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Making Public Meetings Work for the Public

11 January 2011

CNYSpeaks and FOCUS Greater Syracuse to Host A Forum on Civil Civic Discourse
Free Public Event to be held at 7:30 a.m. Friday, Feb . 18, at City Hall Commons

CNYSpeaks and FOCUS Greater Syracuse want to collaborate with YOU — the citizens of Central New York — to find ways to make public hearings and meetings more civil, constructive and productive.

(Mike Greenlar / The Post-Standard) Participants at CNYSpeaks events like the one pictured sit at small tables and work with fellow citizens and trained facilitators to brainstorm ideas and identify solutions to community issues. We'll be using this format on Feb. 18th to explore how we can make public meetings more civil and constructive.

Combative school board sessions and angry town hall meetings on health care have obscured the fact that public officials and citizens must work together to solve the complex problems we face here in Central New York and across the country.

Yet public officials are given little guidance on just how to structure public meetings to ensure that citizens are heard, and citizens have little guidance about how they should behave at those meetings to ensure that their interests are understood and that the meetings are safe and productive.

On Feb. 18, FOCUS Greater Syracuse will devote its monthly Core Group meeting to exploring this topic, with the goal of hearing from citizens about how they believe public meetings can be better designed to be productive, civil, and effective.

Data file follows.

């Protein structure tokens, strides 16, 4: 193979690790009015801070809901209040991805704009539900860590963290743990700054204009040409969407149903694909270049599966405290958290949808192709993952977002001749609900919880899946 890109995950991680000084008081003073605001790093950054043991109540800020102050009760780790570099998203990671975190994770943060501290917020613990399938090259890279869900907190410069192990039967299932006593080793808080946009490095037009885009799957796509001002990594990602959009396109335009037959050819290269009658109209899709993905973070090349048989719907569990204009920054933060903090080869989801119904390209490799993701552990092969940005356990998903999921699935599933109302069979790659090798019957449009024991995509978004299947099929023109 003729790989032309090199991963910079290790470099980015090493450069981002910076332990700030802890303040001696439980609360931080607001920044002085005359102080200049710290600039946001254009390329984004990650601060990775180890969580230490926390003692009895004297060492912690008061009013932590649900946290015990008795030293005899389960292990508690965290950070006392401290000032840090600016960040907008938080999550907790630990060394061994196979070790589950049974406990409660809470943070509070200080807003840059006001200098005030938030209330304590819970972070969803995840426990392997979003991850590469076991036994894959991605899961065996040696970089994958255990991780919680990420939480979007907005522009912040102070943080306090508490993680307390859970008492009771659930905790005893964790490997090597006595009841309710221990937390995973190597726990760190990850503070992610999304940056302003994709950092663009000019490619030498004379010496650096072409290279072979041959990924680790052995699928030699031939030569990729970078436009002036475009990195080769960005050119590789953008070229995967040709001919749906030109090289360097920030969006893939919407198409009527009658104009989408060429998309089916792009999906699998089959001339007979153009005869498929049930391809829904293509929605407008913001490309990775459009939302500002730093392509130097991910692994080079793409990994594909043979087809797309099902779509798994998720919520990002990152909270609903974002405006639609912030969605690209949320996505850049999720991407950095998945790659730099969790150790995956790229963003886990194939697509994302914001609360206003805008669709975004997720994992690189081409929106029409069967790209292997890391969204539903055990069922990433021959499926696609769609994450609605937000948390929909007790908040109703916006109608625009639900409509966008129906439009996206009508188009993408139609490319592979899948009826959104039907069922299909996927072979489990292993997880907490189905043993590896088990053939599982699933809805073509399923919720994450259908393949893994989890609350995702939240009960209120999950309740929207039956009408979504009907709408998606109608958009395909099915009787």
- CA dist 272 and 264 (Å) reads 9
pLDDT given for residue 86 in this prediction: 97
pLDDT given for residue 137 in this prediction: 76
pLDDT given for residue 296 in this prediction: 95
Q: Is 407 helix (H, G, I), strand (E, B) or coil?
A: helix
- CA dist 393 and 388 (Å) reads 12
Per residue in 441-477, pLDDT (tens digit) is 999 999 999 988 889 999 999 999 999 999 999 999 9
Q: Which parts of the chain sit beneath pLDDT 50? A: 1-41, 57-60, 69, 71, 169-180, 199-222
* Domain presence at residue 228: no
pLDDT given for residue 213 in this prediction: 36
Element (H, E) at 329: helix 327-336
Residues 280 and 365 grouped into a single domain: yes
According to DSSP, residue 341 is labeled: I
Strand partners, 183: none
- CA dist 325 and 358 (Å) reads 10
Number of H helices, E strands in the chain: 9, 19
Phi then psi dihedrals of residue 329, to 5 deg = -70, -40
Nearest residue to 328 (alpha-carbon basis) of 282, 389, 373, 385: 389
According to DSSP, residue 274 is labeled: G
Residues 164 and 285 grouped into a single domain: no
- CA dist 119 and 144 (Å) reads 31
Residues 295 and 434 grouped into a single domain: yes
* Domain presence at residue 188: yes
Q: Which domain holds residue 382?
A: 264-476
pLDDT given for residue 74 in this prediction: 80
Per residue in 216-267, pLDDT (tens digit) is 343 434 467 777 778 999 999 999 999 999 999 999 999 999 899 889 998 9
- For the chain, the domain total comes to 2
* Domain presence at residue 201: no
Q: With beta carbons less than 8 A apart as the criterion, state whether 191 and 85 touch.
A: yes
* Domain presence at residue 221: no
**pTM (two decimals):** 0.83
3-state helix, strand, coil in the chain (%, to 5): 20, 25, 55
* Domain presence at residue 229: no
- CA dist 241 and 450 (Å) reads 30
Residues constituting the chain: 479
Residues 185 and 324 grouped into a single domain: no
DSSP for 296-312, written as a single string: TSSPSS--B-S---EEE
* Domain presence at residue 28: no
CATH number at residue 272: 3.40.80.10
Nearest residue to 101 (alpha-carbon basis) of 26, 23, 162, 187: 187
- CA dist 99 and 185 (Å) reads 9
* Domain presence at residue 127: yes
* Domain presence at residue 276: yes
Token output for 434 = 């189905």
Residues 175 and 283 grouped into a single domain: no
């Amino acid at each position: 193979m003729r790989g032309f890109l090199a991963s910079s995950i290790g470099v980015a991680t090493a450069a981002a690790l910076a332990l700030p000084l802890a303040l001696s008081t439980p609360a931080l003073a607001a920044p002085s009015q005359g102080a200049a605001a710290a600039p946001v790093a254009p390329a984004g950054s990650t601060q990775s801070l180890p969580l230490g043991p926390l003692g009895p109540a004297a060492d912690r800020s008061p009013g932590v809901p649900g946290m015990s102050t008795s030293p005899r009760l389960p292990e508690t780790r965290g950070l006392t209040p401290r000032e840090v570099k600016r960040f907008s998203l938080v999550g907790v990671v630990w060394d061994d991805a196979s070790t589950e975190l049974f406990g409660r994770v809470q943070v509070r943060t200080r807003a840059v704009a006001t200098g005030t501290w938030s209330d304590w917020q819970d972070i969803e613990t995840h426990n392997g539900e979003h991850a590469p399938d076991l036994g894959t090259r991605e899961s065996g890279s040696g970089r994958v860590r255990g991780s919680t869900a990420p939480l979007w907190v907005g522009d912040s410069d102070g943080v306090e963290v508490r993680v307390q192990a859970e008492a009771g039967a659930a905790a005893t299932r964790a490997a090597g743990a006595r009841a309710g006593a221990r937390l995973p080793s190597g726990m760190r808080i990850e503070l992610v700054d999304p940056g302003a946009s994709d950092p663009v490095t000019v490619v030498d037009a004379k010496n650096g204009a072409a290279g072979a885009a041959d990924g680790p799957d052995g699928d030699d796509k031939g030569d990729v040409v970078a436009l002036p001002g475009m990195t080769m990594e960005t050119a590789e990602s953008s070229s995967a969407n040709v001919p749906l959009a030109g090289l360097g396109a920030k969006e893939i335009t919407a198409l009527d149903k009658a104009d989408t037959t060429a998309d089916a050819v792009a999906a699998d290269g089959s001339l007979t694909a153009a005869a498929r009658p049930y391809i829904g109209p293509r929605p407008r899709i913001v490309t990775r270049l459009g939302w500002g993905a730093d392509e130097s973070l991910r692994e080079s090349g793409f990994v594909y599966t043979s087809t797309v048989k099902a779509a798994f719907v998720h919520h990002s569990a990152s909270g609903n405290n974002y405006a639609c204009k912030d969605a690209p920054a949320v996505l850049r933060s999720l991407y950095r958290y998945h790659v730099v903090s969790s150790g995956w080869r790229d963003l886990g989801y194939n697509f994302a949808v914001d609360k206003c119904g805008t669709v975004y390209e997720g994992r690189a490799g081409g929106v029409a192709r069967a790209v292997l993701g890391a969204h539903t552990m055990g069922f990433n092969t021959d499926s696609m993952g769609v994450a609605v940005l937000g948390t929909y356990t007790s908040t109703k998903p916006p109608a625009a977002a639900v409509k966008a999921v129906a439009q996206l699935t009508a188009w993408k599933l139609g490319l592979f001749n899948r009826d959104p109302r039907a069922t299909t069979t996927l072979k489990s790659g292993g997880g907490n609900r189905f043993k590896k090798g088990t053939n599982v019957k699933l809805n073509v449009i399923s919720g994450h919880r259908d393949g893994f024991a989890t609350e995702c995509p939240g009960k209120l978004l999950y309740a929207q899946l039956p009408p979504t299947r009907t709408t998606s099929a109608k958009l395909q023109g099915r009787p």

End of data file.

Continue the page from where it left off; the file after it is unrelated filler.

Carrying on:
The forum, which is free and open to all, will run from 7:30 to 9 a.m. at City Hall Commons, 201 E. Washington St., Syracuse.

Participants will work in small groups with trained facilitators from the CNYSpeaks Initiative and the Maxwell School’s Program for the Advancement of Research on Conflict and Collaboration to discuss questions such as:

  • Why do people go, or stay away from, public meetings?
  • What do public meetings that “work” look like?  What do such meetings accomplish? What processes are used?
  • How should public meetings be designed to be more inclusive, productive and constructive?
  • What are the minimum standards of behavior required of citizens — and officials — to have successful public meetings?

Please join FOCUS and CNYSpeaks as we tackle this important issue, and thank you in advance for helping us spread the word about this event. Again, it’s free and open to all. There is no registration required. The event will start promptly at 7:30 a.m. on Friday, Feb. 18, and be over by 9. Coffee will be served.

For more information, please contact FOCUS at (315) 448-8732 or CNYSpeaks at or 315-730-4621.

[Both CNYSpeaks and FOCUS are nonprofit, nonpartisan organizations. CNYSpeaks is funded by a Chancellor’s Leadership Grant administered by the Campbell Public Affairs Institute at Syracuse University.]

3 Comments leave one →
  1. 13 January 2011 9:51 am

    Here’s the full text and video of Obama’s speech in Arizona yesterday —

    I like how he avoids directly linking or blaming the shooting on angry political rhetoric, but still makes a powerful plea for a civic discourse that heals rather than wounds.


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